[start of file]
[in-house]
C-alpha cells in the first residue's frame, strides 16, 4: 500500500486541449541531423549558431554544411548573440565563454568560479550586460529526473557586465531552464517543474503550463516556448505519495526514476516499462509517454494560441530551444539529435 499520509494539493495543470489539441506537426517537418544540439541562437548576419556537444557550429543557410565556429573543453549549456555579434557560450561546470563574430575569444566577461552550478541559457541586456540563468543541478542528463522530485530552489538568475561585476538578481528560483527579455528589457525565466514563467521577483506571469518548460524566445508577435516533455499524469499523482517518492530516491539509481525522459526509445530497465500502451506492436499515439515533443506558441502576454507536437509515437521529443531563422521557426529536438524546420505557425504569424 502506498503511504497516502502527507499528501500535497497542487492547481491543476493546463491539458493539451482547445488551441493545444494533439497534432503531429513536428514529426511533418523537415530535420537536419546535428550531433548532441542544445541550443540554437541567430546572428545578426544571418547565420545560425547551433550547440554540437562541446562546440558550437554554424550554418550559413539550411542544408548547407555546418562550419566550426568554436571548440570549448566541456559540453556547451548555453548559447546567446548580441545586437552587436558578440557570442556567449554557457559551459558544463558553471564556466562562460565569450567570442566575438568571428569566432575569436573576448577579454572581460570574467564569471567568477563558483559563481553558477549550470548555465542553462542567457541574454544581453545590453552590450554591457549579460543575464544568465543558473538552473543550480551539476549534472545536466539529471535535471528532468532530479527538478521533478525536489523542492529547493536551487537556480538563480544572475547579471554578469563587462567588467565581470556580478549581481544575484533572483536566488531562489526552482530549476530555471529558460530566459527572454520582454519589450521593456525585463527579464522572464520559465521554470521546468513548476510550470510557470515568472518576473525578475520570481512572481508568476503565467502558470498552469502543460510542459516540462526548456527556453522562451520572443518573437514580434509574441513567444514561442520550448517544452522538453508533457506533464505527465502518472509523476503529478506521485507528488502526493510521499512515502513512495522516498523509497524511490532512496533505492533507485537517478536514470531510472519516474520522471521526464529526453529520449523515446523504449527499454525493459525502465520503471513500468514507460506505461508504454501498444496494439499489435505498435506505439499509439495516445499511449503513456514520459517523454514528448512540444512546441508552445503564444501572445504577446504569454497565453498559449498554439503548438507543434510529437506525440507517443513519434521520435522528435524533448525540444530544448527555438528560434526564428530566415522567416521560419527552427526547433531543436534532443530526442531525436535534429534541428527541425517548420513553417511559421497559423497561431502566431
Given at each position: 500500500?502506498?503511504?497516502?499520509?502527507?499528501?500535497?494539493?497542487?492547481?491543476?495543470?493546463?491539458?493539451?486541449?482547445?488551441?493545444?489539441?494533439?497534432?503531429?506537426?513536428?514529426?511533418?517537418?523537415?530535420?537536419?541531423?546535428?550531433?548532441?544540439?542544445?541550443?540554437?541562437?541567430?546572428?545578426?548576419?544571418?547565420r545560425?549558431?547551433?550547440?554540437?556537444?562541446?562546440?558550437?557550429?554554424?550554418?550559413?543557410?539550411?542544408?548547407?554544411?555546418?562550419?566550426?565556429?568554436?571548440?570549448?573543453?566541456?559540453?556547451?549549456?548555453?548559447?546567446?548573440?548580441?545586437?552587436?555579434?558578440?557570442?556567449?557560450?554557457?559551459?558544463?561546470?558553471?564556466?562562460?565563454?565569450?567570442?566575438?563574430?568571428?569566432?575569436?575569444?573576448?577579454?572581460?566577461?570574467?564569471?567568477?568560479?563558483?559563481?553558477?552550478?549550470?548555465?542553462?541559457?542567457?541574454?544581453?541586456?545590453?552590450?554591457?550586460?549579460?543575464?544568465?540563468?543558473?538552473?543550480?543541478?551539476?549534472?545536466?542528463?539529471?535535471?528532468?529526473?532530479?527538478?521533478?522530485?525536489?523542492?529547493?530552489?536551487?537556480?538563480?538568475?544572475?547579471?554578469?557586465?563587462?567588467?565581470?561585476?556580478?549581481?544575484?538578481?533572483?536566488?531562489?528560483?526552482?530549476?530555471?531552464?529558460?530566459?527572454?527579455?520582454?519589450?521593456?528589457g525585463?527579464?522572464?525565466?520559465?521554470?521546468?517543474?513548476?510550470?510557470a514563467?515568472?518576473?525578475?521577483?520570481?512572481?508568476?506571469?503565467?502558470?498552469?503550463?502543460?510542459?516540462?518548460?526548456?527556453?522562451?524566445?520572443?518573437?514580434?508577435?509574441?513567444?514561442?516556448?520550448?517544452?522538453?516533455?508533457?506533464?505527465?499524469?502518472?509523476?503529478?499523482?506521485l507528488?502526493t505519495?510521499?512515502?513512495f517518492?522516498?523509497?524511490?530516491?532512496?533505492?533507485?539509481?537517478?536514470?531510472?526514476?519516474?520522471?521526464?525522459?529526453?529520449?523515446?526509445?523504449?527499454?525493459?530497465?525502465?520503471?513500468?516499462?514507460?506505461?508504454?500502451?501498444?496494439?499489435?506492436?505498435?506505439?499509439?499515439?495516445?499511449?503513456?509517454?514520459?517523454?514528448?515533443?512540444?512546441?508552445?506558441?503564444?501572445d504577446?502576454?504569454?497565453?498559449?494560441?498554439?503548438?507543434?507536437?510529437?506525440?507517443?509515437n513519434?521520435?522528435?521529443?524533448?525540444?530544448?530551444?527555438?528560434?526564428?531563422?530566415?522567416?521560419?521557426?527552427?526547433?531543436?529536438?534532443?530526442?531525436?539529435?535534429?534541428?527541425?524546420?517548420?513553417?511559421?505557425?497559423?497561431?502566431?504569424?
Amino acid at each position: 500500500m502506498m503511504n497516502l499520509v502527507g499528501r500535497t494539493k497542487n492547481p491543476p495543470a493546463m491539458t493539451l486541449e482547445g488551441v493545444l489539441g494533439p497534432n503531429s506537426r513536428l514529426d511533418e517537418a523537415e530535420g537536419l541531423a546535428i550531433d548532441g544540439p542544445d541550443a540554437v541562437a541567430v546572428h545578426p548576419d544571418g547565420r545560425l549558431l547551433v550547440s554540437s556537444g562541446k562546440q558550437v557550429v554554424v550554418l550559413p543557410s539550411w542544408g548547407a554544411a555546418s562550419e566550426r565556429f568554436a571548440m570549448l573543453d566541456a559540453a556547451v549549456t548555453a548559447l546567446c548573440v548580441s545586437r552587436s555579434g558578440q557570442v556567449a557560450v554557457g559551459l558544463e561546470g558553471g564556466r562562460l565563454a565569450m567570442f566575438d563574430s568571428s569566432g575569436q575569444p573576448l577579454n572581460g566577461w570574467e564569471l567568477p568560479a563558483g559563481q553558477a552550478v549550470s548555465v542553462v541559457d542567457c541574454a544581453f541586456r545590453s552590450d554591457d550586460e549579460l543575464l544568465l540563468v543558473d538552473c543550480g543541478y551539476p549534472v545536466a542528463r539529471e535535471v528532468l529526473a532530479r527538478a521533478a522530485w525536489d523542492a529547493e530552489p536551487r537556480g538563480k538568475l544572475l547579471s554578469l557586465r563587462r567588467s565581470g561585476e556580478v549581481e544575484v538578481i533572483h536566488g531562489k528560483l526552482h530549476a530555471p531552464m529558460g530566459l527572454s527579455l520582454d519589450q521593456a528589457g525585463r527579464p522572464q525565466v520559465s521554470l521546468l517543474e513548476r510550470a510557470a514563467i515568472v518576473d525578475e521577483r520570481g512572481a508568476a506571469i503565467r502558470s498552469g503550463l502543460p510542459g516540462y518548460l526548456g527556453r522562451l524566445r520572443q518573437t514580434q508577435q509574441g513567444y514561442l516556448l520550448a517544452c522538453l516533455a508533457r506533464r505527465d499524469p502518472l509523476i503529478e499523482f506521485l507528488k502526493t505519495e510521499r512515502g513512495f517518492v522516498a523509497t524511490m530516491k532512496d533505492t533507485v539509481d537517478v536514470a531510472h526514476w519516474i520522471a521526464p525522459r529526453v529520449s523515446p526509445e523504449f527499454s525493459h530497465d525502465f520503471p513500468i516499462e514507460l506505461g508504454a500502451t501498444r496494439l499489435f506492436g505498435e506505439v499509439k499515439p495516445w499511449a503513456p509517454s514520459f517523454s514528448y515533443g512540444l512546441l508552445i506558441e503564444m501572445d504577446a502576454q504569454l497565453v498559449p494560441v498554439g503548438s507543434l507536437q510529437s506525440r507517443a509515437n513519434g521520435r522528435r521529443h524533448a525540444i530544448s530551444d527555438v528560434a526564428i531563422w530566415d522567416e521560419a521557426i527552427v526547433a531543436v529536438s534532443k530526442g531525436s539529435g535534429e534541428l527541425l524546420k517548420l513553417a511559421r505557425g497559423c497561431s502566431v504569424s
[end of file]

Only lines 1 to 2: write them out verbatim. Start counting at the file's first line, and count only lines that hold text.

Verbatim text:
[in-house]
C-alpha cells in the first residue's frame, strides 16, 4: 500500500486541449541531423549558431554544411548573440565563454568560479550586460529526473557586465531552464517543474503550463516556448505519495526514476516499462509517454494560441530551444539529435 499520509494539493495543470489539441506537426517537418544540439541562437548576419556537444557550429543557410565556429573543453549549456555579434557560450561546470563574430575569444566577461552550478541559457541586456540563468543541478542528463522530485530552489538568475561585476538578481528560483527579455528589457525565466514563467521577483506571469518548460524566445508577435516533455499524469499523482517518492530516491539509481525522459526509445530497465500502451506492436499515439515533443506558441502576454507536437509515437521529443531563422521557426529536438524546420505557425504569424 502506498503511504497516502502527507499528501500535497497542487492547481491543476493546463491539458493539451482547445488551441493545444494533439497534432503531429513536428514529426511533418523537415530535420537536419546535428550531433548532441542544445541550443540554437541567430546572428545578426544571418547565420545560425547551433550547440554540437562541446562546440558550437554554424550554418550559413539550411542544408548547407555546418562550419566550426568554436571548440570549448566541456559540453556547451548555453548559447546567446548580441545586437552587436558578440557570442556567449554557457559551459558544463558553471564556466562562460565569450567570442566575438568571428569566432575569436573576448577579454572581460570574467564569471567568477563558483559563481553558477549550470548555465542553462542567457541574454544581453545590453552590450554591457549579460543575464544568465543558473538552473543550480551539476549534472545536466539529471535535471528532468532530479527538478521533478525536489523542492529547493536551487537556480538563480544572475547579471554578469563587462567588467565581470556580478549581481544575484533572483536566488531562489526552482530549476530555471529558460530566459527572454520582454519589450521593456525585463527579464522572464520559465521554470521546468513548476510550470510557470515568472518576473525578475520570481512572481508568476503565467502558470498552469502543460510542459516540462526548456527556453522562451520572443518573437514580434509574441513567444514561442520550448517544452522538453508533457506533464505527465502518472509523476503529478506521485507528488502526493510521499512515502513512495522516498523509497524511490532512496533505492533507485537517478536514470531510472519516474520522471521526464529526453529520449523515446523504449527499454525493459525502465520503471513500468514507460506505461508504454501498444496494439499489435505498435506505439499509439495516445499511449503513456514520459517523454514528448512540444512546441508552445503564444501572445504577446504569454497565453498559449498554439503548438507543434510529437506525440507517443513519434521520435522528435524533448525540444530544448527555438528560434526564428530566415522567416521560419527552427526547433531543436534532443530526442531525436535534429534541428527541425517548420513553417511559421497559423497561431502566431